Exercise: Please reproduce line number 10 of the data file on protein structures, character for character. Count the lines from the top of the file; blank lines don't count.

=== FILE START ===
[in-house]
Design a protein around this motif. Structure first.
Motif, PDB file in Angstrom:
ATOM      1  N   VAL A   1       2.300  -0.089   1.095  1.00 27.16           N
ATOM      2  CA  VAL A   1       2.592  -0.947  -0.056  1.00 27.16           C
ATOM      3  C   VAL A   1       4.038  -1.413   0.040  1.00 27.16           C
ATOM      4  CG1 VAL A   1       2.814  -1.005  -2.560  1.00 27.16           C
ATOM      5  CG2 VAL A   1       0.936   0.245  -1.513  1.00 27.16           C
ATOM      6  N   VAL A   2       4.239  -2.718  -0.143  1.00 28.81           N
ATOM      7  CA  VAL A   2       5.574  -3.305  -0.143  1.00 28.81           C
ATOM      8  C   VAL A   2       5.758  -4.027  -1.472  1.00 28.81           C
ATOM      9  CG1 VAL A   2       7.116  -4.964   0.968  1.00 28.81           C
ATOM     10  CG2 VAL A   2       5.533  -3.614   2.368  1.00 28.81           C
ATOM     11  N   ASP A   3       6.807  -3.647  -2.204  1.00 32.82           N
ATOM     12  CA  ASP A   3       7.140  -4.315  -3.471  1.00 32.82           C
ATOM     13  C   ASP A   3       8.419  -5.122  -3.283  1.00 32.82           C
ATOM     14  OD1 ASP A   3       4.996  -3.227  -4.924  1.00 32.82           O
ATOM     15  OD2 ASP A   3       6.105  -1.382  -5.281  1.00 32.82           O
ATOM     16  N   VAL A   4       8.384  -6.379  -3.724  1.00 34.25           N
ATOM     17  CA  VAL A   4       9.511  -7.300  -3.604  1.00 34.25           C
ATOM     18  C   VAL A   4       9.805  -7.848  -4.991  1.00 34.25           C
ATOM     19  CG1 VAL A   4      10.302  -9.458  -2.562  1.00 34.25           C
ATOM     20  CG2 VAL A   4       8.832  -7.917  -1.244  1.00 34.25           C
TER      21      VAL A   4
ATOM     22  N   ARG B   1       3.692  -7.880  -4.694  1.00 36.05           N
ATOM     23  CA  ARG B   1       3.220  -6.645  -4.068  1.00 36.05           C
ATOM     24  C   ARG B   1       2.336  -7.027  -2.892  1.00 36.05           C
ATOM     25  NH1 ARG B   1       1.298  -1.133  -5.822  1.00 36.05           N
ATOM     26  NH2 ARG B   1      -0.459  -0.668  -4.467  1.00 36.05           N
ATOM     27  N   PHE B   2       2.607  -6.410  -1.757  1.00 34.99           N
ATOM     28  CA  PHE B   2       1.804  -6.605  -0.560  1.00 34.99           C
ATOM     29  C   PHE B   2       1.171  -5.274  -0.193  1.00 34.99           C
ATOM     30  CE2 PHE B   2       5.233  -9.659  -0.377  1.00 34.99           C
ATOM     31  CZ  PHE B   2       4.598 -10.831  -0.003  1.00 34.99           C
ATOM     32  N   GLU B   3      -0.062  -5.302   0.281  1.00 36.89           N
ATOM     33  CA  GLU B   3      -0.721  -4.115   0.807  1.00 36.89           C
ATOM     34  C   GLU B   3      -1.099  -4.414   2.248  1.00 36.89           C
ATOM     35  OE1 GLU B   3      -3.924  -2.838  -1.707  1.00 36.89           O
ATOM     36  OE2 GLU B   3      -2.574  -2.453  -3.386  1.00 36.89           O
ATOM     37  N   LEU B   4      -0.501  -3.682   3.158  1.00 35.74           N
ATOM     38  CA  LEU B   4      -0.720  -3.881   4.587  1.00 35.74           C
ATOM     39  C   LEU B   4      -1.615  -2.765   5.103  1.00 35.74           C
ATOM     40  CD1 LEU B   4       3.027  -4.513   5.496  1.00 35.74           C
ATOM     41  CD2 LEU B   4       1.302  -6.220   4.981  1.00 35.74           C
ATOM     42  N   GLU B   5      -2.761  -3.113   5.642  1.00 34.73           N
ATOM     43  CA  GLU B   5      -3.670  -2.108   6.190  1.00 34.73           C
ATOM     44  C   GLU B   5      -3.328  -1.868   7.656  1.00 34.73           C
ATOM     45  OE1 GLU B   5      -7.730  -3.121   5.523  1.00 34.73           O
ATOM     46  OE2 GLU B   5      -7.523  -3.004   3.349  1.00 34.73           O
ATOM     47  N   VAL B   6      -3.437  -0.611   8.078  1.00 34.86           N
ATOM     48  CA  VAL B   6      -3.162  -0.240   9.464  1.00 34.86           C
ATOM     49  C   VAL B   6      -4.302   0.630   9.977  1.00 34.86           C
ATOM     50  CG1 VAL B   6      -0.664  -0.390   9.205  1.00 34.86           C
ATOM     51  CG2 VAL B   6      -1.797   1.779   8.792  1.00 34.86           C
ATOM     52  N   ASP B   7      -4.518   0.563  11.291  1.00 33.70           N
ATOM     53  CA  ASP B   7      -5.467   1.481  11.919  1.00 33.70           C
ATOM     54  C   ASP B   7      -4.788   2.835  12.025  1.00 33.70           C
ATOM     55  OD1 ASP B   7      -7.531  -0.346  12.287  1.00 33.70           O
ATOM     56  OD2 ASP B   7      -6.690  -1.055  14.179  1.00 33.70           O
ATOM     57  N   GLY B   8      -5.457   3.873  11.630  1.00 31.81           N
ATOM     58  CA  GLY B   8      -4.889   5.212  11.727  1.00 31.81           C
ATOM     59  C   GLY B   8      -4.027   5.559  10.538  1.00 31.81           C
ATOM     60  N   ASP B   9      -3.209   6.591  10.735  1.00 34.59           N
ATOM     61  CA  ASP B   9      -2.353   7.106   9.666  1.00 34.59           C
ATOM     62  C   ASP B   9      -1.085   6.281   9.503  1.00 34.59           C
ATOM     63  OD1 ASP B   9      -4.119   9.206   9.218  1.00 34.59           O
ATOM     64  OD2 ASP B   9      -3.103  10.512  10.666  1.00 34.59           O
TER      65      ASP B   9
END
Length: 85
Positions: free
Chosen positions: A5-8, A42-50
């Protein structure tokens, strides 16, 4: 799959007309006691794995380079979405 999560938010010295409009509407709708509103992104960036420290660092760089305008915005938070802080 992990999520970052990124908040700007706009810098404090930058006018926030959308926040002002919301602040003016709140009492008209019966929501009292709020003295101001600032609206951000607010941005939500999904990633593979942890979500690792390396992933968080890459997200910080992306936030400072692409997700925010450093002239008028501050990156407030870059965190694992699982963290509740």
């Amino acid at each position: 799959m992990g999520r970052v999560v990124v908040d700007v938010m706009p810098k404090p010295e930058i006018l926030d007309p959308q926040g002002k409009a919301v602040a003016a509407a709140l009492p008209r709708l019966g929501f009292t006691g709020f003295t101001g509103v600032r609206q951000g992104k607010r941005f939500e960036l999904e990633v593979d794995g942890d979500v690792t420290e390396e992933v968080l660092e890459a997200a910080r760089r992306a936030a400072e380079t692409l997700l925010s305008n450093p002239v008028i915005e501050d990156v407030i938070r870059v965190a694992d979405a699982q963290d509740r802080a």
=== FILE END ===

ATOM      7  CA  VAL A   2       5.574  -3.305  -0.143  1.00 28.81           C